Skip the ice in your drink
An EPA study in 2004 found that out of 327 aircraft’s water supplies, only 15 percent passed health standards. Since the 2009 creation of the EPA’s Aircraft Drinking Rule Act, standards have risen and most airplanes don’t serve drinking water from the tap, but their ice cubes, however, are often still made from the same water. “Water tanks on an airplane are old and they’ve tested them and bacteria is in those tanks,” said Ferguson. “I would definitely drink bottled water—that’s why they board tons of bottles on an airplane.” Make sure you never eat these 13 foods on an airplane, too.
Don’t sit in your seat the entire flight
On an airplane, you are at a higher risk to develop deep vein thrombosis (DVT) which is a type of blood clot that usually forms in your legs. DVT has been coined as “economy-class syndrome” and walking around for a few minutes or standing up to stretch are good bets to help prevent it. (Just remember to put your shoes on!) Also, try to avoid tight clothing that could cut off circulation while in flight. “The most important thing is to try to move around and move your legs at least once every hour,” said Catherine Sonquist Forest, MD, a primary care doctor at Stanford University Health Care. “If you can’t get up, you can do exercises in your seat by lifting alternate knees up to your chest and twisting in your chair from side to side.” Check out the very best airplane seats for every type of need.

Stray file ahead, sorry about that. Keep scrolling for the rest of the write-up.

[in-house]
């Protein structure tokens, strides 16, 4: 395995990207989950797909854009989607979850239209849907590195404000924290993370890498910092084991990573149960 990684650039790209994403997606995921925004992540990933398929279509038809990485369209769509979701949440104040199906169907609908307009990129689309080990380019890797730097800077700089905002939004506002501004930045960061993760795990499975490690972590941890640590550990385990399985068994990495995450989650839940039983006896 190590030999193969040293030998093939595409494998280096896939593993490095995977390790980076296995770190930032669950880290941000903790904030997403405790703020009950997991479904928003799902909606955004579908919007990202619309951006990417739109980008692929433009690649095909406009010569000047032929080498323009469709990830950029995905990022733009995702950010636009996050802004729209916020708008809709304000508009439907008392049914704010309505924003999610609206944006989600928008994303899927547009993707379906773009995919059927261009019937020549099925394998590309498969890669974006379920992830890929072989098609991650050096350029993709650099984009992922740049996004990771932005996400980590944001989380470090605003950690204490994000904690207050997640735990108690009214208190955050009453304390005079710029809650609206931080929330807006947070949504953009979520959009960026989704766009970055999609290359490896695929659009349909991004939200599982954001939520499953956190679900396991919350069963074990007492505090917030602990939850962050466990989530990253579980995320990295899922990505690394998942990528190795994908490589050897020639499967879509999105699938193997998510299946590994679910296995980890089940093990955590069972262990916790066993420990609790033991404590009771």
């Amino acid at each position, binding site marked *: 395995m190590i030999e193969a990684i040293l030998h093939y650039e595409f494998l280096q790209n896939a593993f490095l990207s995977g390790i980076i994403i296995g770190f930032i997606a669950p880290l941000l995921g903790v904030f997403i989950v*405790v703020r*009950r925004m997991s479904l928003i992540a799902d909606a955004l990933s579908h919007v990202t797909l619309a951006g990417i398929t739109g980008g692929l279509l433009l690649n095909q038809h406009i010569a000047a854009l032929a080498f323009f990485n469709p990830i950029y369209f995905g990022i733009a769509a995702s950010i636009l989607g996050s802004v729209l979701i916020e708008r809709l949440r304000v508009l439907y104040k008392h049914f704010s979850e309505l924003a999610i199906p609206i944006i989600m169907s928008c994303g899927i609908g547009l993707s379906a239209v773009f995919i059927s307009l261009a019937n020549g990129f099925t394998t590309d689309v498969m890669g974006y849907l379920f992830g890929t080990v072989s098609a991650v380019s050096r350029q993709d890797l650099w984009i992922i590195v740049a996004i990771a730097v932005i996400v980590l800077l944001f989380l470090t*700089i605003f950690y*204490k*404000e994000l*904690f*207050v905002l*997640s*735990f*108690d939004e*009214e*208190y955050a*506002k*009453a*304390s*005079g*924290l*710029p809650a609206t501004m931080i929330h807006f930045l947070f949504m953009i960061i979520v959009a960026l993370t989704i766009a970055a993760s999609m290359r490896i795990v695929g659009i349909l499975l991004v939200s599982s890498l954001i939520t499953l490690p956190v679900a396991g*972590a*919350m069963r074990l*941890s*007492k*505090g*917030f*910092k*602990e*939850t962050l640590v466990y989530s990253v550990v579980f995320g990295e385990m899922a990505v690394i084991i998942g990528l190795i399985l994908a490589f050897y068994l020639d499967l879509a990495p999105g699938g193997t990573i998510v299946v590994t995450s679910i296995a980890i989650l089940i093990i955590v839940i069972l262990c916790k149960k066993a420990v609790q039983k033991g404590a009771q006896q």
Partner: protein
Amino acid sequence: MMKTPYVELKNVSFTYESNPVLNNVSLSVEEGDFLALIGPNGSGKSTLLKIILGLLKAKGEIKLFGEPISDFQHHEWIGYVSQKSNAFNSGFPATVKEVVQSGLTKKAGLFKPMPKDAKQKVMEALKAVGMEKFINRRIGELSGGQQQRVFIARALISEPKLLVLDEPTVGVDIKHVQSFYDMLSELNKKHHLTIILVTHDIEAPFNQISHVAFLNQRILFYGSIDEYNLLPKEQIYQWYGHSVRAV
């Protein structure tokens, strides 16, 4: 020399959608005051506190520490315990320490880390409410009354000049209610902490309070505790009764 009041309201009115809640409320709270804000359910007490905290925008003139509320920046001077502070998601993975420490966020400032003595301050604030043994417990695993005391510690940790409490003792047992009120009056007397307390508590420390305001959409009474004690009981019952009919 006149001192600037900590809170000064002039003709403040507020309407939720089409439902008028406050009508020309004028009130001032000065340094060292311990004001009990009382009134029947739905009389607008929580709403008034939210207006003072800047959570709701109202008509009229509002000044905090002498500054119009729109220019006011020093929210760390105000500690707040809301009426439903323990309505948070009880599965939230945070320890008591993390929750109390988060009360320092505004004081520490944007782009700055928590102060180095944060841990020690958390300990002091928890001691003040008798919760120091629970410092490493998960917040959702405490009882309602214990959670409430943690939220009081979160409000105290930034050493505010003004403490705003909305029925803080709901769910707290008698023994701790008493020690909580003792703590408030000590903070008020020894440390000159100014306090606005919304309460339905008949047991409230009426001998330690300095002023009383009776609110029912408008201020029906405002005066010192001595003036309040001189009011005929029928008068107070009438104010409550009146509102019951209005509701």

Ditch your contact lenses
If you can, opt to wear glasses in flight. The air in the cabin is very dry and can cause irritation to your eyes. Also, if you’re a known sky snoozer, falling asleep in contacts not made for overnight wear can be especially irritating.